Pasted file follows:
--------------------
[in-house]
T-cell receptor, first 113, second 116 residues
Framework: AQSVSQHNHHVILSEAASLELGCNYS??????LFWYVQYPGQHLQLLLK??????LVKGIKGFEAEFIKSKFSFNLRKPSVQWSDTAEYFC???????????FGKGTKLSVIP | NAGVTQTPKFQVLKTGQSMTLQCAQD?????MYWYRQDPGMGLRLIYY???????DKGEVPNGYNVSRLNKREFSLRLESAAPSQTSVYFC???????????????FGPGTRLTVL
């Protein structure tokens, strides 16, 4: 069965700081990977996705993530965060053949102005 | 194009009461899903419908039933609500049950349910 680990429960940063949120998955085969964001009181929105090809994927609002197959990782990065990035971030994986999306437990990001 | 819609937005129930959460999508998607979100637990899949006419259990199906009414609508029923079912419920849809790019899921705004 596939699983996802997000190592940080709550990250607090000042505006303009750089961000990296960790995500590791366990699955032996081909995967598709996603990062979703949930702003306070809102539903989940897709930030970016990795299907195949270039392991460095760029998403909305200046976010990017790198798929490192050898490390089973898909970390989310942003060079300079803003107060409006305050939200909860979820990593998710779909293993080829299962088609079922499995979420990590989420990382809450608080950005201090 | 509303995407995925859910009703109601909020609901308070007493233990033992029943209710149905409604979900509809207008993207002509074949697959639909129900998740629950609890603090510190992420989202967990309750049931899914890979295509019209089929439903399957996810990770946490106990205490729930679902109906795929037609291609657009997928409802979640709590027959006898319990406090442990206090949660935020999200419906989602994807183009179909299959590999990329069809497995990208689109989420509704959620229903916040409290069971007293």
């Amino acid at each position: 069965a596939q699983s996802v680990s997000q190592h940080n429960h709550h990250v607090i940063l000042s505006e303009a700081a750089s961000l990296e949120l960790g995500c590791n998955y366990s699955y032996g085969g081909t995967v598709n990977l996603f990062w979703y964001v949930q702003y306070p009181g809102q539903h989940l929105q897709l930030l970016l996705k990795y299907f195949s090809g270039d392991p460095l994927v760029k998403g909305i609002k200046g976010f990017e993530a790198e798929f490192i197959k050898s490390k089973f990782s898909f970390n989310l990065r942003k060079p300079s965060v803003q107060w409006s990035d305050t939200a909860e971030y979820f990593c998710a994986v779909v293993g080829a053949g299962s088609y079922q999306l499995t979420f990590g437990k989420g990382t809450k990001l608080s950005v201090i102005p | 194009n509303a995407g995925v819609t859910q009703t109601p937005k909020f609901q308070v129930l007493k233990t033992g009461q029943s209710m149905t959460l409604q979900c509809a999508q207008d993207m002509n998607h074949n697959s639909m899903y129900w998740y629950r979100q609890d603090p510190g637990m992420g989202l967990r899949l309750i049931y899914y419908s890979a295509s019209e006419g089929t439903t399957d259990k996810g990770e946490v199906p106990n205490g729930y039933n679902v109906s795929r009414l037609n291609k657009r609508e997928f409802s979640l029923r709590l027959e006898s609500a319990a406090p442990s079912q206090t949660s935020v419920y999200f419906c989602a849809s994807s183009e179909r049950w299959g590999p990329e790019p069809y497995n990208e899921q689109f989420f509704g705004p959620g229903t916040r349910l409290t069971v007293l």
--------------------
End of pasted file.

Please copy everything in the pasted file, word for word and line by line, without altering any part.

[in-house]
T-cell receptor, first 113, second 116 residues
Framework: AQSVSQHNHHVILSEAASLELGCNYS??????LFWYVQYPGQHLQLLLK??????LVKGIKGFEAEFIKSKFSFNLRKPSVQWSDTAEYFC???????????FGKGTKLSVIP | NAGVTQTPKFQVLKTGQSMTLQCAQD?????MYWYRQDPGMGLRLIYY???????DKGEVPNGYNVSRLNKREFSLRLESAAPSQTSVYFC???????????????FGPGTRLTVL
């Protein structure tokens, strides 16, 4: 069965700081990977996705993530965060053949102005 | 194009009461899903419908039933609500049950349910 680990429960940063949120998955085969964001009181929105090809994927609002197959990782990065990035971030994986999306437990990001 | 819609937005129930959460999508998607979100637990899949006419259990199906009414609508029923079912419920849809790019899921705004 596939699983996802997000190592940080709550990250607090000042505006303009750089961000990296960790995500590791366990699955032996081909995967598709996603990062979703949930702003306070809102539903989940897709930030970016990795299907195949270039392991460095760029998403909305200046976010990017790198798929490192050898490390089973898909970390989310942003060079300079803003107060409006305050939200909860979820990593998710779909293993080829299962088609079922499995979420990590989420990382809450608080950005201090 | 509303995407995925859910009703109601909020609901308070007493233990033992029943209710149905409604979900509809207008993207002509074949697959639909129900998740629950609890603090510190992420989202967990309750049931899914890979295509019209089929439903399957996810990770946490106990205490729930679902109906795929037609291609657009997928409802979640709590027959006898319990406090442990206090949660935020999200419906989602994807183009179909299959590999990329069809497995990208689109989420509704959620229903916040409290069971007293």
């Amino acid at each position: 069965a596939q699983s996802v680990s997000q190592h940080n429960h709550h990250v607090i940063l000042s505006e303009a700081a750089s961000l990296e949120l960790g995500c590791n998955y366990s699955y032996g085969g081909t995967v598709n990977l996603f990062w979703y964001v949930q702003y306070p009181g809102q539903h989940l929105q897709l930030l970016l996705k990795y299907f195949s090809g270039d392991p460095l994927v760029k998403g909305i609002k200046g976010f990017e993530a790198e798929f490192i197959k050898s490390k089973f990782s898909f970390n989310l990065r942003k060079p300079s965060v803003q107060w409006s990035d305050t939200a909860e971030y979820f990593c998710a994986v779909v293993g080829a053949g299962s088609y079922q999306l499995t979420f990590g437990k989420g990382t809450k990001l608080s950005v201090i102005p | 194009n509303a995407g995925v819609t859910q009703t109601p937005k909020f609901q308070v129930l007493k233990t033992g009461q029943s209710m149905t959460l409604q979900c509809a999508q207008d993207m002509n998607h074949n697959s639909m899903y129900w998740y629950r979100q609890d603090p510190g637990m992420g989202l967990r899949l309750i049931y899914y419908s890979a295509s019209e006419g089929t439903t399957d259990k996810g990770e946490v199906p106990n205490g729930y039933n679902v109906s795929r009414l037609n291609k657009r609508e997928f409802s979640l029923r709590l027959e006898s609500a319990a406090p442990s079912q206090t949660s935020v419920y999200f419906c989602a849809s994807s183009e179909r049950w299959g590999p990329e790019p069809y497995n990208e899921q689109f989420f509704g705004p959620g229903t916040r349910l409290t069971v007293l």